bangalore, slums and people

so begins the last week of my time in india. for those of you not reading the other girlwonder, i've been in bangalore, india for the last 6 weeks, working with microsoft research india, though i never had expected to find myself working at microsoft (i am, after all, a former netscape person), it's been wonderful to be here. i have always wanted to go to india but began getting interested in it from a research perspective last spring.  a lucky conversation at the social computing symposium with someone from MSR india (and me being cheeky enough to ask if i could come to bangalore) had me on a plane a month later.

being here is having a pretty profound impact on how i see things. it's hard for that not to be the case. the picture here is from our visit to bangalore's largest slum, where 2000 families live in a tiny area. we visited and interviewed three families, sitting on the floor in rooms the size of a small walk-in closet (that were the homes of families of five to seven people). we talked to women who never really completed school and so are functionally non-literate. we talked about children and food and education and when exactly am i going to get married? despite india's segregating class system, muslim and hindu women mixed easily with each other, joking that the only contract is that they have three children (they each did). in the mornings, they are domestic workers (and members of the domestic workers' union). effectively, they are cooks or housemaids in middle class homes.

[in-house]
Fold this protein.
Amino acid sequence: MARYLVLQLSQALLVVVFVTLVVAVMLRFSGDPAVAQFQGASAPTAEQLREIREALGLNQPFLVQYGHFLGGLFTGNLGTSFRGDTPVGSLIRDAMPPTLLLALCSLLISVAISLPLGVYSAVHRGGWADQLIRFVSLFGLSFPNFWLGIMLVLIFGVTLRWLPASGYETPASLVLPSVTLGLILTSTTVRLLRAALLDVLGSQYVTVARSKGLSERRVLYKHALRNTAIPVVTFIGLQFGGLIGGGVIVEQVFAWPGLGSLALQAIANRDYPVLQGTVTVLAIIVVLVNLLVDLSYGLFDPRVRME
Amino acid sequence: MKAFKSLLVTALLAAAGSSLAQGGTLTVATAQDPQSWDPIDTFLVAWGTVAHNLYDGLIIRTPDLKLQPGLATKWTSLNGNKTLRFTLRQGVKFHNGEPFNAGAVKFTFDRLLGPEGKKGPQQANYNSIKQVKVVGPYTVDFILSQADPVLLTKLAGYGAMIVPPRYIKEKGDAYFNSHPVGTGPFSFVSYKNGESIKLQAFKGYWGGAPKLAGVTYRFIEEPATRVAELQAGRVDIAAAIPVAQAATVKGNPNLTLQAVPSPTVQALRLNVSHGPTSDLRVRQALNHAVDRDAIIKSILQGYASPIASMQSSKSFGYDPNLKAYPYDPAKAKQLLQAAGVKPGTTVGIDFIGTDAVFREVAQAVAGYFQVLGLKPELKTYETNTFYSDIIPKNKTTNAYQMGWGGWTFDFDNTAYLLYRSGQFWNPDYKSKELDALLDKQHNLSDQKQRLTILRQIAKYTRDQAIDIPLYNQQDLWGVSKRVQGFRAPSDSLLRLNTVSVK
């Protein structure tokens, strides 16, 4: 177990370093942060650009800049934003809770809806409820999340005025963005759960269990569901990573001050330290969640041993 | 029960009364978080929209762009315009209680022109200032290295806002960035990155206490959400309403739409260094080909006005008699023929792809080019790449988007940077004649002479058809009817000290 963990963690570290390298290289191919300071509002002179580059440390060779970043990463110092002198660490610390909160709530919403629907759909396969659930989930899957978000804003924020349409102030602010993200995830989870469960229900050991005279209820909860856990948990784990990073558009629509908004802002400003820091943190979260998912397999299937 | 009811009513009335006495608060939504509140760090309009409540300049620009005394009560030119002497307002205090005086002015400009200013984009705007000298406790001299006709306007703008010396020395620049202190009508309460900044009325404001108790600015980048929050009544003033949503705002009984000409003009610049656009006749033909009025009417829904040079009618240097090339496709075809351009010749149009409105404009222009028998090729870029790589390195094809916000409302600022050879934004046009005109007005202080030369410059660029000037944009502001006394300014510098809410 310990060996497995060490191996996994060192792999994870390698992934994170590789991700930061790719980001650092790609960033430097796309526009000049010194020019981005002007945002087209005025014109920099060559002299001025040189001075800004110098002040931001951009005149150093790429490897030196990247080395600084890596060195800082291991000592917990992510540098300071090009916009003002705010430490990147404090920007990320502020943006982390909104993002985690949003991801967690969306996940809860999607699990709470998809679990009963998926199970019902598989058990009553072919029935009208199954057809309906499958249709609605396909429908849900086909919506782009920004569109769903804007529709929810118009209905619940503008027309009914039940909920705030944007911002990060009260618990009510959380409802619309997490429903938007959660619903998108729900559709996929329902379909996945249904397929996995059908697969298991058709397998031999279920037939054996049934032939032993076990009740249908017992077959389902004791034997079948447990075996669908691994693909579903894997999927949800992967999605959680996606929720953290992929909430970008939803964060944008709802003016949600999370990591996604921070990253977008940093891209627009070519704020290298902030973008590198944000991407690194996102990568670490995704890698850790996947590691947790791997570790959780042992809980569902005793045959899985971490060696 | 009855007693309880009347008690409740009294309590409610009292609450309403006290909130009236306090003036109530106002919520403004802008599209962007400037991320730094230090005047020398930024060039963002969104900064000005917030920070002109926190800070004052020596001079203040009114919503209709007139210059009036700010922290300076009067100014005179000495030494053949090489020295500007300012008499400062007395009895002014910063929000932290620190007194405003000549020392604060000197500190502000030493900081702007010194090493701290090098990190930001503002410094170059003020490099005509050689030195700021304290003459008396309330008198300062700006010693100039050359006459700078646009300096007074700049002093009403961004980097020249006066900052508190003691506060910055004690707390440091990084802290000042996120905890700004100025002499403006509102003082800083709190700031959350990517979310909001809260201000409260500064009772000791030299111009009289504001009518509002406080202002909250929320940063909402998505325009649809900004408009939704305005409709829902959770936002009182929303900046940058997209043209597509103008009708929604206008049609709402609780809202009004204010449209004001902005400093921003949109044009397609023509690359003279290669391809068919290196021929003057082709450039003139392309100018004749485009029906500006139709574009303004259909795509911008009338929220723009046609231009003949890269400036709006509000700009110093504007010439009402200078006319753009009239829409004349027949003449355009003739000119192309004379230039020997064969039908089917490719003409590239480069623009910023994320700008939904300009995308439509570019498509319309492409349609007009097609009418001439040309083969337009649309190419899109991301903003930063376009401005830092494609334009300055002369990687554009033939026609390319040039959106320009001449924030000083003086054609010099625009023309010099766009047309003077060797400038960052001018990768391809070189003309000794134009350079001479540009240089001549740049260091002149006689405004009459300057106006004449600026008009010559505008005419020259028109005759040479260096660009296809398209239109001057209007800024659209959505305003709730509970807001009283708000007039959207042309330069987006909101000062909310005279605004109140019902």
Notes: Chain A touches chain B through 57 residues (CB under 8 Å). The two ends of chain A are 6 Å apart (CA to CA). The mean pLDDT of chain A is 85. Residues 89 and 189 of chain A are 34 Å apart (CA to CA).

bangalore relies on its slums. many of the auto rickshaw drivers live in a slum; many of the domestic workers do. and yet these private parcels of land will be developed and the people sent away. they're fighting to stay. where would they go, when they've lived here their whole lives? yes, they want better housing, but what happens if the entires social fabric disintegrates? the women we visited weren't only friends–they rely on each other when things go wrong, when school fees need to be paid and there's a problem in a family. their children go to school together. to dismantle that seems a bad thing. the kind of help they need is systemic and massive. i want to help. but what and how?

slums don't exist the same way in the US–this is a developing world phenomenon. this week, i've been reading slum city, the new mike davis book.

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1 comment

  1. Hi
    I got interested in the last line you wrote (verything else I am already aware of, since I work in the urban development sector, an I agree with you on the plight which faces the slum dwellers at present).
    You said slums don't exist in the US. A lot of my friends say the same. But are you really sure about this. I mean, under what category are the "Projects" classified. I hope no offence is taken, since this is toally out of curiosity to understand a place I haven't yet been to.

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